INTRODUCTION AND DESCRIPTION OF THE PROBLEM WITH ITS SOLVING
Luczak and McDiarmid (2006) has done study in the supermarket
model and considered that the distribution of the arrival of customers follows
the Poisson distribution, the model M^{x}/G/1 was in working by Koole
et al. (2005) has also Poisson distribution for arrival of customers
but in the study of Sadowsky and Szpankowski (1992)
was in Multiserver G/G/c queue where the distribution of arrival customers
is general distribution. Tadj and Hamdi (2001) performed
maximum entropy solution to a quorum queueing system. The M/G/1 FB Queue was
performed by Nuyens (2004) and carried out the Maximum
Queue Length for HeavyTailed Service Times. Artalejo et
al. (2007) carried out algorithmic analysis of the maximum queue length
in a busy period for the M/M/c retrial queue. In this study added a new case
involving distribution of interarrival times of customers follows the standard
normal distribution. The aim to get the formula of the probability of the maximum
queue length in the system at this new case.
Let q_{n} be the number of customers found in the system immediately prior to the arrival of the n th customer C_{n}. The sequence {q_{n}} forms a discrete state Markov chain. Also, let X_{n+1} be the number of customers served between C_{n} and C_{n+1}. Thus q_{n+1} = q_{n+1}X_{n+1}, where X_{n+1}≤q_{n}. Since the service distribution is exponential with rate μ, It follows that:
where, y is the time between consecutive arrivals, Let:
where, γ_{k} (y) is the number of customers in the queue at time y, under the condition that at the time 0 the customer enters the system which already contains k customers. Thus at the time 0 there are k customers in the queue and one is being serviced. It is evident that:
where: A_{1 }is the event that a customer arrived at time y, and
k = 0, 1, ..., n given that y varies from zero to t. A_{2} is the event
that a customer arrived at time y,
and given that y varies from zero to t. A_{3} is the event that no customer
arrived during the time interval [0,t] ≡ the event that the interarrival
time is greater than t. It is clear that:
But:
And:
Let: y = r sin θ, z = r cos θ,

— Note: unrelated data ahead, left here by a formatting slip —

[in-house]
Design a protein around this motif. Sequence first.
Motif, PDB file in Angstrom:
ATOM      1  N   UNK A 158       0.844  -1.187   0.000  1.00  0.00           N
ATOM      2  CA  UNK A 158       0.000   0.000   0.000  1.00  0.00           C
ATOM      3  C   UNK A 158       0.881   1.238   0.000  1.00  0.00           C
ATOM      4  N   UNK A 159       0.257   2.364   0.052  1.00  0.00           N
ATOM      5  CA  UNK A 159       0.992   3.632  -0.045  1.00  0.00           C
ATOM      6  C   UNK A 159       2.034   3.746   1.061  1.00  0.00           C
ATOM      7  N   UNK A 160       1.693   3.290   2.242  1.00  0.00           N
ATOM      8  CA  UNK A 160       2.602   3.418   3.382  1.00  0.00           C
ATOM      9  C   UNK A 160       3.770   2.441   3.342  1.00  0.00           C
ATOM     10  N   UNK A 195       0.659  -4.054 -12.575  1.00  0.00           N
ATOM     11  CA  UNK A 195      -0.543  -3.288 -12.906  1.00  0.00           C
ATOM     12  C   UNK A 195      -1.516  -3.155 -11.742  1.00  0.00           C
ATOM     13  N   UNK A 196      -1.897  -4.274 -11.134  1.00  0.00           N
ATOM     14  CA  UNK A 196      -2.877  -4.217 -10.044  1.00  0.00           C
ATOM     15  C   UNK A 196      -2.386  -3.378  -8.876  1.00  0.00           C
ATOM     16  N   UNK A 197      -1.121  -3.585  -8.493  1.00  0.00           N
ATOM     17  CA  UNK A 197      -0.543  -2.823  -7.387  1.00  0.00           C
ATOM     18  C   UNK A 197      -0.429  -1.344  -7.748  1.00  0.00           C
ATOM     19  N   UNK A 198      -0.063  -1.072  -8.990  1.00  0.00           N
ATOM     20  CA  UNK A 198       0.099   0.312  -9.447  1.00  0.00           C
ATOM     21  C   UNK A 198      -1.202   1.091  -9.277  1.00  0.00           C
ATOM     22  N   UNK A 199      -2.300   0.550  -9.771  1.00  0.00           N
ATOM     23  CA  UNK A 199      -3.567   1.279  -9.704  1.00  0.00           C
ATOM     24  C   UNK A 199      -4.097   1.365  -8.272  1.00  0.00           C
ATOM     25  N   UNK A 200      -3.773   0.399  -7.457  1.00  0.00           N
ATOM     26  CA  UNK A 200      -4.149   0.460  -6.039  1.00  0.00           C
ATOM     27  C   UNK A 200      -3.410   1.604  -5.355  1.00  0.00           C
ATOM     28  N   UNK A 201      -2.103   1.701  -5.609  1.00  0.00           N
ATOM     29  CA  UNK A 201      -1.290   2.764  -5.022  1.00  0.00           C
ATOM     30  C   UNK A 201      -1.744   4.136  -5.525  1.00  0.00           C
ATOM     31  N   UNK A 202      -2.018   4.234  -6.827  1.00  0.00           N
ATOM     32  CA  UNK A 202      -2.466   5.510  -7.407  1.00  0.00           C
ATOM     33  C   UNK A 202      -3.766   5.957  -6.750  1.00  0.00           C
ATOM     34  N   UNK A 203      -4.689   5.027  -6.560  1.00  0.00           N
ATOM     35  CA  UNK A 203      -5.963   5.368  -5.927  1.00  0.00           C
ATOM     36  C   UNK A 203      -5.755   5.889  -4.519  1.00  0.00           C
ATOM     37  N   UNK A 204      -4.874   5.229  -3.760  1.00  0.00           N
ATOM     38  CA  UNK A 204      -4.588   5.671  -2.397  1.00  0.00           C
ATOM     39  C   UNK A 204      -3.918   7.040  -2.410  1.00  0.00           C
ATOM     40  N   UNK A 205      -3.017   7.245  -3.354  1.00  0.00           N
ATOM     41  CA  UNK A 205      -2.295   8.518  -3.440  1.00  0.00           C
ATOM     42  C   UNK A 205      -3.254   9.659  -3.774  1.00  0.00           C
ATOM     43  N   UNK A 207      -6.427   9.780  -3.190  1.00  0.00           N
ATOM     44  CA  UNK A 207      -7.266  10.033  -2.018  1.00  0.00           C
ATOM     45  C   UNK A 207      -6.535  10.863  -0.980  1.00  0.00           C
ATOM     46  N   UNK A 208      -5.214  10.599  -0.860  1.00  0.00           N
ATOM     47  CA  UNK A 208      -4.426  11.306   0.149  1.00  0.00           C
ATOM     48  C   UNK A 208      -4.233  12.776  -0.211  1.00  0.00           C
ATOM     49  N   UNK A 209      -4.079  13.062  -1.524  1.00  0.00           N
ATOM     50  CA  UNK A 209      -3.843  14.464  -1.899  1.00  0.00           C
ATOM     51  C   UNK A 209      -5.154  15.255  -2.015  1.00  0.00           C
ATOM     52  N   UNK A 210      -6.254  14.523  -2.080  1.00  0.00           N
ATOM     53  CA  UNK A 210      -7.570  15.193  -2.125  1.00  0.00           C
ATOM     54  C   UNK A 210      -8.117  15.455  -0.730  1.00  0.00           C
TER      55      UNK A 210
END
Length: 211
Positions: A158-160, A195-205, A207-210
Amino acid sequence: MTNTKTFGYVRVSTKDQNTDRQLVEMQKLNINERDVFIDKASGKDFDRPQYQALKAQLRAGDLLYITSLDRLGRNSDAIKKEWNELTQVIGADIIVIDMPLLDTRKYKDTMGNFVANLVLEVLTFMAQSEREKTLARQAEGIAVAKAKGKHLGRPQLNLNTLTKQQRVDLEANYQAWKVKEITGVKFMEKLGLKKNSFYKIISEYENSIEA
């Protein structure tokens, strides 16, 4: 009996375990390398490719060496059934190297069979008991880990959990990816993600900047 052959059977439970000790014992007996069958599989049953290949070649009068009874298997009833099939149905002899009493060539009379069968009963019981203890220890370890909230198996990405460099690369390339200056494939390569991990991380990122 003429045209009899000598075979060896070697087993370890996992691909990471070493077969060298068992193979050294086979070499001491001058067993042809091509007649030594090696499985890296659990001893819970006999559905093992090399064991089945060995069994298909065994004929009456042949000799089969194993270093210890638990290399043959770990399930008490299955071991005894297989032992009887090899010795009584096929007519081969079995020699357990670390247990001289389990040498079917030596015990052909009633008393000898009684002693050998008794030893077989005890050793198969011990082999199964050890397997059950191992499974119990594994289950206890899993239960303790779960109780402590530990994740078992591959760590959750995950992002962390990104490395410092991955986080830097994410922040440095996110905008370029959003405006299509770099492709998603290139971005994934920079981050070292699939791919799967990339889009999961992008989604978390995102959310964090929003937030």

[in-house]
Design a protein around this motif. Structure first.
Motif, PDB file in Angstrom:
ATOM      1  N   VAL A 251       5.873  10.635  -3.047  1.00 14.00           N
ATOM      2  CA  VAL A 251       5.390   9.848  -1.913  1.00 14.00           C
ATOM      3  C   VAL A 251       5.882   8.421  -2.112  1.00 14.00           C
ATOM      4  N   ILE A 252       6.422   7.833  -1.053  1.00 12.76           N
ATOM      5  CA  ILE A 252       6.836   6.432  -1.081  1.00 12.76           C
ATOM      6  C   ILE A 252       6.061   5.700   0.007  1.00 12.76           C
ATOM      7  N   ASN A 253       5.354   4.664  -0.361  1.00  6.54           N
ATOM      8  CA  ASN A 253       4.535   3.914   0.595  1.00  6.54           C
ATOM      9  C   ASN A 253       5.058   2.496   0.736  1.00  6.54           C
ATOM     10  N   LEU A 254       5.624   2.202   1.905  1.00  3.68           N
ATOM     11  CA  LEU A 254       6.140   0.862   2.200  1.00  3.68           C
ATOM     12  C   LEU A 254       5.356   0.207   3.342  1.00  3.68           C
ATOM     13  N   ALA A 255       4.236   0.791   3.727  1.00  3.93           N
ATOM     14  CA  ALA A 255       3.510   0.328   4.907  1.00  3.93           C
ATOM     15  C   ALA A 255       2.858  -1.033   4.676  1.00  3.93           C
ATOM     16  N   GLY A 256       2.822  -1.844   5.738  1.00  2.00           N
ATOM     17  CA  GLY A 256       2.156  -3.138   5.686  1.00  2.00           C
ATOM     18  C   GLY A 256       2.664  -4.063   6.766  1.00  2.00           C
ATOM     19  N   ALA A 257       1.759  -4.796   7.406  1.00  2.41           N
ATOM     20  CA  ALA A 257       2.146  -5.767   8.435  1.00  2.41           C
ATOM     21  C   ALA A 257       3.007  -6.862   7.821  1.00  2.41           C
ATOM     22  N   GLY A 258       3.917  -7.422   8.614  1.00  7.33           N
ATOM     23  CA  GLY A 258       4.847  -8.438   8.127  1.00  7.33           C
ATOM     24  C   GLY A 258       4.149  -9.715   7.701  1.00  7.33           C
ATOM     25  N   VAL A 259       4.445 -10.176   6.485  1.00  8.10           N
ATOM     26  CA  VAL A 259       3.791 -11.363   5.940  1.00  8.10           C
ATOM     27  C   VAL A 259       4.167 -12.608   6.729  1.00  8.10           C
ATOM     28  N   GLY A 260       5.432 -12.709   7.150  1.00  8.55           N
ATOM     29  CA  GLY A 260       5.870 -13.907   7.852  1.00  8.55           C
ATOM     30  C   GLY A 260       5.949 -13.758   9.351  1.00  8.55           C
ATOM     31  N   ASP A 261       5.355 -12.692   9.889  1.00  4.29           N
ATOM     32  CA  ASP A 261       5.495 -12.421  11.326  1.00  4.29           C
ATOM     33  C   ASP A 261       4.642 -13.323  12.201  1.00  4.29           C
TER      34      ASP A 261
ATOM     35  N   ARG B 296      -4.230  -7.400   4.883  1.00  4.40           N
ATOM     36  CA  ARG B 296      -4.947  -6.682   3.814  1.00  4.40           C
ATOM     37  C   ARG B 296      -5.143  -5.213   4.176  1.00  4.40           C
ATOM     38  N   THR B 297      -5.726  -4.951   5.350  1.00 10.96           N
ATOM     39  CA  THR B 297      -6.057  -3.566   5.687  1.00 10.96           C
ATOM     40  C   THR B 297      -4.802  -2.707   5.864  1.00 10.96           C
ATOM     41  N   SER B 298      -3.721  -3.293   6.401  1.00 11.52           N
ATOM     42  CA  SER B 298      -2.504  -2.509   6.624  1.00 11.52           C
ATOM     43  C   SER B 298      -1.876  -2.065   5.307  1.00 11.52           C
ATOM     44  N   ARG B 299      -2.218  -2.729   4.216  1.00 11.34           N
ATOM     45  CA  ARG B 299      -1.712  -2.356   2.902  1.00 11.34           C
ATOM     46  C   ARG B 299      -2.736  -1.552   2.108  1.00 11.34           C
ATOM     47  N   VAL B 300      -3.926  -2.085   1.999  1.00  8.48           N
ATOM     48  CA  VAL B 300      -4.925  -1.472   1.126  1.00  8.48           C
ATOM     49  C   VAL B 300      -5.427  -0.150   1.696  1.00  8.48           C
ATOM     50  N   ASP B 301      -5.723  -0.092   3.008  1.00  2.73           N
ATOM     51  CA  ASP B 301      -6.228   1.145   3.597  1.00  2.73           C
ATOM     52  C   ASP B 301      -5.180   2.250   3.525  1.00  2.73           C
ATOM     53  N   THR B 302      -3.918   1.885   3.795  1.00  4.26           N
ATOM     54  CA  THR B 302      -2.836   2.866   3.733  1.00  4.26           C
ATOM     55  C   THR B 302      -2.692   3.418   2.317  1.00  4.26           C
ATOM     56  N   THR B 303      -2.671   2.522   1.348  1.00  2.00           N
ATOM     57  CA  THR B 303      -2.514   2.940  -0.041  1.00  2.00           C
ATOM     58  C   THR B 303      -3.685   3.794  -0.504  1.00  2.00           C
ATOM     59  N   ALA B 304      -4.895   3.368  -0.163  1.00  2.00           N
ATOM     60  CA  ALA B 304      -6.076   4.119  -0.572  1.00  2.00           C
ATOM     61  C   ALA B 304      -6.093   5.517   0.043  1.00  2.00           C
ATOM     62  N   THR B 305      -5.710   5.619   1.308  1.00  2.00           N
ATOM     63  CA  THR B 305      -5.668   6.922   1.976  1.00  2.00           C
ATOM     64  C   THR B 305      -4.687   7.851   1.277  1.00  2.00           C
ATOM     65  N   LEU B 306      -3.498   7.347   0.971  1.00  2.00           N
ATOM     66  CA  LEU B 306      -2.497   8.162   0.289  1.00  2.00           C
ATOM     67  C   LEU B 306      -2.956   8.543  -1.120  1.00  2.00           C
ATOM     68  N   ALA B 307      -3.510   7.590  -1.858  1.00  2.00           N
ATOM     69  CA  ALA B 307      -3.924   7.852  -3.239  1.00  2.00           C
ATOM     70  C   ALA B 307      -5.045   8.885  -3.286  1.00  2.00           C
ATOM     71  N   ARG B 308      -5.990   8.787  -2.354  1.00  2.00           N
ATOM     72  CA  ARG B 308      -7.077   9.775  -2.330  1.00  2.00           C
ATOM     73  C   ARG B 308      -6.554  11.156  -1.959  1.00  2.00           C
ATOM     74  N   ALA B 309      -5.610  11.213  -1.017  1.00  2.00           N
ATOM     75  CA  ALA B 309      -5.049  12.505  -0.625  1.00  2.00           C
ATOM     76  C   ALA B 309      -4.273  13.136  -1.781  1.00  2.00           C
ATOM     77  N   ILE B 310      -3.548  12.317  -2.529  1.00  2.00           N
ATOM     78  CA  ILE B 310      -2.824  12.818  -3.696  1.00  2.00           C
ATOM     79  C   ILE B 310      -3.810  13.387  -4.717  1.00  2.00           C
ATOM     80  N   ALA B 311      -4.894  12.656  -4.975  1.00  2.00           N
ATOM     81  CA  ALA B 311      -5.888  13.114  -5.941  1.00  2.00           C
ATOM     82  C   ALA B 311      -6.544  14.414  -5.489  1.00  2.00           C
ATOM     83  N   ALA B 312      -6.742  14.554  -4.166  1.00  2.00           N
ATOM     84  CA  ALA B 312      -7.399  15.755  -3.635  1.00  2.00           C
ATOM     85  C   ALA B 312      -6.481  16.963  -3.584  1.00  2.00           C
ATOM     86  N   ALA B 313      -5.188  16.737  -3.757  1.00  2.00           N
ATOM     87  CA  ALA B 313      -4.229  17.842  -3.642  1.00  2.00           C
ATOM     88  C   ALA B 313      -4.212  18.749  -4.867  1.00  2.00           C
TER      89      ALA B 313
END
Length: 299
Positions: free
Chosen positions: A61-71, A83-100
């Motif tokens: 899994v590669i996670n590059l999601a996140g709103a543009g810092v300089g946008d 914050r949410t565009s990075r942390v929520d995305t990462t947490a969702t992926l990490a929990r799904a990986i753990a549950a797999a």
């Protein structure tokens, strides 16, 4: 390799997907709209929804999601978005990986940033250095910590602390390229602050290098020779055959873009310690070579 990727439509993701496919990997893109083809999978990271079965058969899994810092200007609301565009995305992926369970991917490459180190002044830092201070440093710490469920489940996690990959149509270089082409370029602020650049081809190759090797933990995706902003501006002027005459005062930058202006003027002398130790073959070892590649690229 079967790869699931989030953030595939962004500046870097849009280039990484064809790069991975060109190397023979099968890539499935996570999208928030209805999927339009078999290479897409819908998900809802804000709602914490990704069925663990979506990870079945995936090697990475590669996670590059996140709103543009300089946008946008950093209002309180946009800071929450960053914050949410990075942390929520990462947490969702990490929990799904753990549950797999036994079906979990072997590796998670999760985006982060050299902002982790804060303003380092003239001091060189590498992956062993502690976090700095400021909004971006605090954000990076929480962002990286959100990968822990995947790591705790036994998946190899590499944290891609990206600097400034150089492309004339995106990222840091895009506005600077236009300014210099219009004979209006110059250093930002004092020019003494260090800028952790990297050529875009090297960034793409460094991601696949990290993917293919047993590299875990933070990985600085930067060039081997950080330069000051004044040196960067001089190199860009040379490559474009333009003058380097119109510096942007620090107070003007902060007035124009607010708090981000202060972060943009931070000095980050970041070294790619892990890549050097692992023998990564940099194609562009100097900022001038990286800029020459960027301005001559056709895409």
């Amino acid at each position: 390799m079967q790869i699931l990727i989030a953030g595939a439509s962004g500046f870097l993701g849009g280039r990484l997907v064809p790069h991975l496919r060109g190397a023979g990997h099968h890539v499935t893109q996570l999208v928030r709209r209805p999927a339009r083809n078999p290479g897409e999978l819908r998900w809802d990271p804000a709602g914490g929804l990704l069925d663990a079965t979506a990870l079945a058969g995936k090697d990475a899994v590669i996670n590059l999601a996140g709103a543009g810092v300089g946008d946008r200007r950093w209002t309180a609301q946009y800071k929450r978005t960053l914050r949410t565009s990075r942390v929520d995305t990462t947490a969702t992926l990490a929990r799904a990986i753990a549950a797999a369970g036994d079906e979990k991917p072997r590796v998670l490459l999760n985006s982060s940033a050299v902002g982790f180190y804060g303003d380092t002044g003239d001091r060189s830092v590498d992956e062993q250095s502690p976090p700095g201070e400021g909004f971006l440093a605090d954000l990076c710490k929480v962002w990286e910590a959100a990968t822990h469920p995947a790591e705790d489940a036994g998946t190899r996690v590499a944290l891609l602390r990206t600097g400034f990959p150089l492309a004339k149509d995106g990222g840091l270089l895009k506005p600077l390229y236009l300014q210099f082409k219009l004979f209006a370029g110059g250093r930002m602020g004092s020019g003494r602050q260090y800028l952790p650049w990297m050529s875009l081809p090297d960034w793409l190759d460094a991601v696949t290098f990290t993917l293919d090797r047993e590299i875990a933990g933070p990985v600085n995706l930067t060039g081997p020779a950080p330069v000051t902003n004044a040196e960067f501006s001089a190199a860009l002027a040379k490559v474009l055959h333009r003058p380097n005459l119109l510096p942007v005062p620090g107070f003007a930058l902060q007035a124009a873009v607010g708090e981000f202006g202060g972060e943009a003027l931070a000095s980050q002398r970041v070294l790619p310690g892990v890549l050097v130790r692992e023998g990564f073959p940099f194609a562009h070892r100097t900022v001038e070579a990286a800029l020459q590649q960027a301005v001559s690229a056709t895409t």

Then: dy.dz = rdr.dθ, where,
and it
follows that:
Hence:
Therefore,
But:
And:
Hence:
Therefore:
where,
Similarly:
And:
Then:
Application: Suppose that: Arrival rate = λ = 1, Service rate = μ = 2, t = time in min = 1, 2, 3 n = maximum queue length = 12, 13, 14, 15, 16.
Applying the last formula for the probability of a maximum length of a queue in the system during the period of time t and using mathematic program on the Eq. 1 as follows:
If t = 1, then:
Similarly, P_{14} (t = 1) = P_{15 }(t = 1) = P_{16 }(t
= 1) = 0.60247≈0.6025.
On the other hand, when t = 2, then we can get:

Fig. 1: 
Maximum queue lengths and its probabilities 
From Fig. 1 we can deduce the following information:
• 
Probabilities for a maximum length of a queue are approximately
equality and equal to a fixed amount at t = 1 min. means that as long as
the time a small odds are the maximum length of a queue is approximately
equal and equal to a fixed amount and the relationship between these probabilities
and the maximum length of the queue to be a linear relation as the following: 
• 
Similarly, in the case of t = 2 min. the linear relation is
written as follows: 
But, when t≥3 the values of the probabilities of the maximum queue length will be greater than one, so this is contradictory that because:
Similarly, The values of P_{13 }(t = 3), P_{14 }(t = 3), P_{15} (t = 3), P_{16 }(t = 3) will greater than 1. Thus, we can estimate the limits of time appropriate to the values of the maximum lengths of queues in the system or try to change the service rate or the rate of arrival or the values of the maximum length of a queue as long as we have been given that and reiterate once again enter the values in the formula that we have to get the desired results.